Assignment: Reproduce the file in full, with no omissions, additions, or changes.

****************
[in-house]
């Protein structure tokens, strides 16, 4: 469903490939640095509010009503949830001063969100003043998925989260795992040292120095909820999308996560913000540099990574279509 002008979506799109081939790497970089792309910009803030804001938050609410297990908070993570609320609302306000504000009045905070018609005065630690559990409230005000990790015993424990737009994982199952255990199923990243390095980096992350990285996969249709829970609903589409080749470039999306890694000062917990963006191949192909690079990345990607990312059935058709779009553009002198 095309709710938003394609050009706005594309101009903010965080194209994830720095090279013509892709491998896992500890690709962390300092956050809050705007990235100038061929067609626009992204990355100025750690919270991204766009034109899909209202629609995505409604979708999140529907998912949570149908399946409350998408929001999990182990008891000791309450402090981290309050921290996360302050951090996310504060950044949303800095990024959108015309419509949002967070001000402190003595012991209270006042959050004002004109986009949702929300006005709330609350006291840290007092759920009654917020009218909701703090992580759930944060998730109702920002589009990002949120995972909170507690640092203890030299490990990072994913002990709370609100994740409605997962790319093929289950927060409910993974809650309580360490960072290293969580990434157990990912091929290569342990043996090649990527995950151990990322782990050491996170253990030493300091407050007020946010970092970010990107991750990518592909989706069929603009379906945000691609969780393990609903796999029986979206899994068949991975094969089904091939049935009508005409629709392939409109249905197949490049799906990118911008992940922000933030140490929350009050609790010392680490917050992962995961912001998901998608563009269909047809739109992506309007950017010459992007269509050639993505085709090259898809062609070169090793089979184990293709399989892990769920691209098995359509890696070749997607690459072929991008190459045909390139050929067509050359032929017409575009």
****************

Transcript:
[in-house]
């Protein structure tokens, strides 16, 4: 469903490939640095509010009503949830001063969100003043998925989260795992040292120095909820999308996560913000540099990574279509 002008979506799109081939790497970089792309910009803030804001938050609410297990908070993570609320609302306000504000009045905070018609005065630690559990409230005000990790015993424990737009994982199952255990199923990243390095980096992350990285996969249709829970609903589409080749470039999306890694000062917990963006191949192909690079990345990607990312059935058709779009553009002198 095309709710938003394609050009706005594309101009903010965080194209994830720095090279013509892709491998896992500890690709962390300092956050809050705007990235100038061929067609626009992204990355100025750690919270991204766009034109899909209202629609995505409604979708999140529907998912949570149908399946409350998408929001999990182990008891000791309450402090981290309050921290996360302050951090996310504060950044949303800095990024959108015309419509949002967070001000402190003595012991209270006042959050004002004109986009949702929300006005709330609350006291840290007092759920009654917020009218909701703090992580759930944060998730109702920002589009990002949120995972909170507690640092203890030299490990990072994913002990709370609100994740409605997962790319093929289950927060409910993974809650309580360490960072290293969580990434157990990912091929290569342990043996090649990527995950151990990322782990050491996170253990030493300091407050007020946010970092970010990107991750990518592909989706069929603009379906945000691609969780393990609903796999029986979206899994068949991975094969089904091939049935009508005409629709392939409109249905197949490049799906990118911008992940922000933030140490929350009050609790010392680490917050992962995961912001998901998608563009269909047809739109992506309007950017010459992007269509050639993505085709090259898809062609070169090793089979184990293709399989892990769920691209098995359509890696070749997607690459072929991008190459045909390139050929067509050359032929017409575009």